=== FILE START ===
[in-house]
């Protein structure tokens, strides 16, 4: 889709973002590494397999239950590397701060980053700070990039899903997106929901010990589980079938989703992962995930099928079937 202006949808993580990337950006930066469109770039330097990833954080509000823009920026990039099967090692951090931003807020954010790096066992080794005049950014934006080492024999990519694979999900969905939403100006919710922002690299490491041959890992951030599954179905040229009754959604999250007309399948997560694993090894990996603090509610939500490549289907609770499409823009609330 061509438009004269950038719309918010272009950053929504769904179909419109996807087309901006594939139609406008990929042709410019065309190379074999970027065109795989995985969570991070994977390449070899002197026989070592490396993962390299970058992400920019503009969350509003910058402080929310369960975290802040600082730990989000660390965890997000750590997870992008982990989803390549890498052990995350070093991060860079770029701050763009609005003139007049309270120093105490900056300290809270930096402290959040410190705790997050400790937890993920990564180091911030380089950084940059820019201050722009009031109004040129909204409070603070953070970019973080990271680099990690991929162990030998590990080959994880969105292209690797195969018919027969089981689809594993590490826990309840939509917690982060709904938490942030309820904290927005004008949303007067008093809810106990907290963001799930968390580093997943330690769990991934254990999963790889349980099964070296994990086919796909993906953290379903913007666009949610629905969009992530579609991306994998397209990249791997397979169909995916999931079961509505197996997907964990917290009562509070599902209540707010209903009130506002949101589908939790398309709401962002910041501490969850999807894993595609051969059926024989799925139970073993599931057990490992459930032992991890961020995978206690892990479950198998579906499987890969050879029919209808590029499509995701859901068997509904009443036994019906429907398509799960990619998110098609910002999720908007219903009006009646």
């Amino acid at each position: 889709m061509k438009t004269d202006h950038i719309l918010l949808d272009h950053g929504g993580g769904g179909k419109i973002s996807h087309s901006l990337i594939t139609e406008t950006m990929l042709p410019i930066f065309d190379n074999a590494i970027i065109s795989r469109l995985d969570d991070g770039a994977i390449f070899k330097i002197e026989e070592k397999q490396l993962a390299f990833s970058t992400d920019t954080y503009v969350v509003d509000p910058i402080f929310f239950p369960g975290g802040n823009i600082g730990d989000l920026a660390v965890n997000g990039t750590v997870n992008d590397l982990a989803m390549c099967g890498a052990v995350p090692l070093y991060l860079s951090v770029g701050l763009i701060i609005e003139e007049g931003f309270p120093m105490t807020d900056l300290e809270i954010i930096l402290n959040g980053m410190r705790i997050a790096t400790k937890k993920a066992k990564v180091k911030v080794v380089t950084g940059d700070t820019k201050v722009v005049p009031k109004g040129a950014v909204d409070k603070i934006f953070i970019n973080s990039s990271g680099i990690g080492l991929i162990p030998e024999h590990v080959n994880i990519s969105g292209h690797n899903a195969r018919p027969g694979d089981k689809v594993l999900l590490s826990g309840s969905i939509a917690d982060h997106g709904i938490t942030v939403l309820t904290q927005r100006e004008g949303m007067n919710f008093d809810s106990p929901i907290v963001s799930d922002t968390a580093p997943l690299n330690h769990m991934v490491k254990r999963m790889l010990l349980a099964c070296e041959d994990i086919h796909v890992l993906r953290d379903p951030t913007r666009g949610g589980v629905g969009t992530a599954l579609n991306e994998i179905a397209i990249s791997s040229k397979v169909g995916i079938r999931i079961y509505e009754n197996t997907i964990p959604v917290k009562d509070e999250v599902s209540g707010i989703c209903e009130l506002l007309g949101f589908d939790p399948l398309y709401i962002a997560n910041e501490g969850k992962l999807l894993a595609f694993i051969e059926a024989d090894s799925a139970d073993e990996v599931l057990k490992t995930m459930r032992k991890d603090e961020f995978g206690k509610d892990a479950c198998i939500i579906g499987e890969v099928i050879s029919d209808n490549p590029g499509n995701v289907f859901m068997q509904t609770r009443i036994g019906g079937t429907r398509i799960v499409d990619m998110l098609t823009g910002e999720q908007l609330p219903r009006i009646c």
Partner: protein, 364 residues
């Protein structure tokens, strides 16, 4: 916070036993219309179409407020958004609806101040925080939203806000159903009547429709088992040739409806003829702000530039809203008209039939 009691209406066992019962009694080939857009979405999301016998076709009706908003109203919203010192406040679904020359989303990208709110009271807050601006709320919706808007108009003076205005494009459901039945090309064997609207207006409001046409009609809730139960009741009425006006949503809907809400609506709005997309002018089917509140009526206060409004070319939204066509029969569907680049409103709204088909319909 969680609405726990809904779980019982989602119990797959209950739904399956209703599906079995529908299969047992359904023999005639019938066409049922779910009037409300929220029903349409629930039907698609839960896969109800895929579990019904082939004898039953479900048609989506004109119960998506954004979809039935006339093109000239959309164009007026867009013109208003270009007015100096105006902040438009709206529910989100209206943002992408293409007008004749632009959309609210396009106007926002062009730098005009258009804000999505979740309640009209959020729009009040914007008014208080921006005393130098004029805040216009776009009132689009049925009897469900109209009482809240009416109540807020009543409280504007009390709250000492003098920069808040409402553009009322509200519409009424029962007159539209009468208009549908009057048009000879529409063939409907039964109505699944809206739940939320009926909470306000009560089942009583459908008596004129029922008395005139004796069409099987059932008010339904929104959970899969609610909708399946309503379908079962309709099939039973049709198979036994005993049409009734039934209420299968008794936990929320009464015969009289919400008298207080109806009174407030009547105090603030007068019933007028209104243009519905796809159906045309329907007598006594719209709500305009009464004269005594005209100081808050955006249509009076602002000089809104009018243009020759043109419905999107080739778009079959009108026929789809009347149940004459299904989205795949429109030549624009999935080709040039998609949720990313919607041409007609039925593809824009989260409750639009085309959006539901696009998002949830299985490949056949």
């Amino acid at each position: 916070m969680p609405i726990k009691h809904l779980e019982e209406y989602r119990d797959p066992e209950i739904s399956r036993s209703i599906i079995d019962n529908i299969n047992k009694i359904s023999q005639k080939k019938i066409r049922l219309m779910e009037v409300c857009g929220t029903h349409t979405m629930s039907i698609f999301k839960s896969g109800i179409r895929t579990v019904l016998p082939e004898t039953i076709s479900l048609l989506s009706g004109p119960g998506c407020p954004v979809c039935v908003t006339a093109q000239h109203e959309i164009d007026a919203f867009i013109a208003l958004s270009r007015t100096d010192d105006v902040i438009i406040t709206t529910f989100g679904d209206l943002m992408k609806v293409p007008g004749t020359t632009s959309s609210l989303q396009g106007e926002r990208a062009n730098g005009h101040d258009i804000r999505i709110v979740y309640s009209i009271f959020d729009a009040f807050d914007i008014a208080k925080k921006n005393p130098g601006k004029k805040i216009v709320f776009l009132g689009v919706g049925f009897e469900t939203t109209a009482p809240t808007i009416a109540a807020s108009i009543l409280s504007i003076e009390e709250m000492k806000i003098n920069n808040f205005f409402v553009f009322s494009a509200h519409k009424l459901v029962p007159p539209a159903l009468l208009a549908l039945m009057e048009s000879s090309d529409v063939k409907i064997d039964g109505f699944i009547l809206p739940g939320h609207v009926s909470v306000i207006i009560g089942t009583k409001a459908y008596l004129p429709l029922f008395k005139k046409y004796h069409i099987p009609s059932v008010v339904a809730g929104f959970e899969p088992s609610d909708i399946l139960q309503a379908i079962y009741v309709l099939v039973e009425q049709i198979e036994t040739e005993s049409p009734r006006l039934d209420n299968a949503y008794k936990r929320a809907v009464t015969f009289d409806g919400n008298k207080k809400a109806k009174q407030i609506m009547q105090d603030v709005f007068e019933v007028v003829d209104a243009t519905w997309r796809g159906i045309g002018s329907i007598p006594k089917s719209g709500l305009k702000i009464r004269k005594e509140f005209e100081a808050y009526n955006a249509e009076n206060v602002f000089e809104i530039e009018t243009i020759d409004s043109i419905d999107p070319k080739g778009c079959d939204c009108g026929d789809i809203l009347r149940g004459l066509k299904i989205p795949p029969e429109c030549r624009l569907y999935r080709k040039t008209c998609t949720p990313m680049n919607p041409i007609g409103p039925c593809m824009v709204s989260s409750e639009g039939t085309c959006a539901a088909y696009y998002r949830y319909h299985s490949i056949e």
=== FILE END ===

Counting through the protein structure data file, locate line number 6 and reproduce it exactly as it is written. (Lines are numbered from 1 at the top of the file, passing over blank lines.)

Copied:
């Amino acid at each position: 916070m969680p609405i726990k009691h809904l779980e019982e209406y989602r119990d797959p066992e209950i739904s399956r036993s209703i599906i079995d019962n529908i299969n047992k009694i359904s023999q005639k080939k019938i066409r049922l219309m779910e009037v409300c857009g929220t029903h349409t979405m629930s039907i698609f999301k839960s896969g109800i179409r895929t579990v019904l016998p082939e004898t039953i076709s479900l048609l989506s009706g004109p119960g998506c407020p954004v979809c039935v908003t006339a093109q000239h109203e959309i164009d007026a919203f867009i013109a208003l958004s270009r007015t100096d010192d105006v902040i438009i406040t709206t529910f989100g679904d209206l943002m992408k609806v293409p007008g004749t020359t632009s959309s609210l989303q396009g106007e926002r990208a062009n730098g005009h101040d258009i804000r999505i709110v979740y309640s009209i009271f959020d729009a009040f807050d914007i008014a208080k925080k921006n005393p130098g601006k004029k805040i216009v709320f776009l009132g689009v919706g049925f009897e469900t939203t109209a009482p809240t808007i009416a109540a807020s108009i009543l409280s504007i003076e009390e709250m000492k806000i003098n920069n808040f205005f409402v553009f009322s494009a509200h519409k009424l459901v029962p007159p539209a159903l009468l208009a549908l039945m009057e048009s000879s090309d529409v063939k409907i064997d039964g109505f699944i009547l809206p739940g939320h609207v009926s909470v306000i207006i009560g089942t009583k409001a459908y008596l004129p429709l029922f008395k005139k046409y004796h069409i099987p009609s059932v008010v339904a809730g929104f959970e899969p088992s609610d909708i399946l139960q309503a379908i079962y009741v309709l099939v039973e009425q049709i198979e036994t040739e005993s049409p009734r006006l039934d209420n299968a949503y008794k936990r929320a809907v009464t015969f009289d409806g919400n008298k207080k809400a109806k009174q407030i609506m009547q105090d603030v709005f007068e019933v007028v003829d209104a243009t519905w997309r796809g159906i045309g002018s329907i007598p006594k089917s719209g709500l305009k702000i009464r004269k005594e509140f005209e100081a808050y009526n955006a249509e009076n206060v602002f000089e809104i530039e009018t243009i020759d409004s043109i419905d999107p070319k080739g778009c079959d939204c009108g026929d789809i809203l009347r149940g004459l066509k299904i989205p795949p029969e429109c030549r624009l569907y999935r080709k040039t008209c998609t949720p990313m680049n919607p041409i007609g409103p039925c593809m824009v709204s989260s409750e639009g039939t085309c959006a539901a088909y696009y998002r949830y319909h299985s490949i056949e």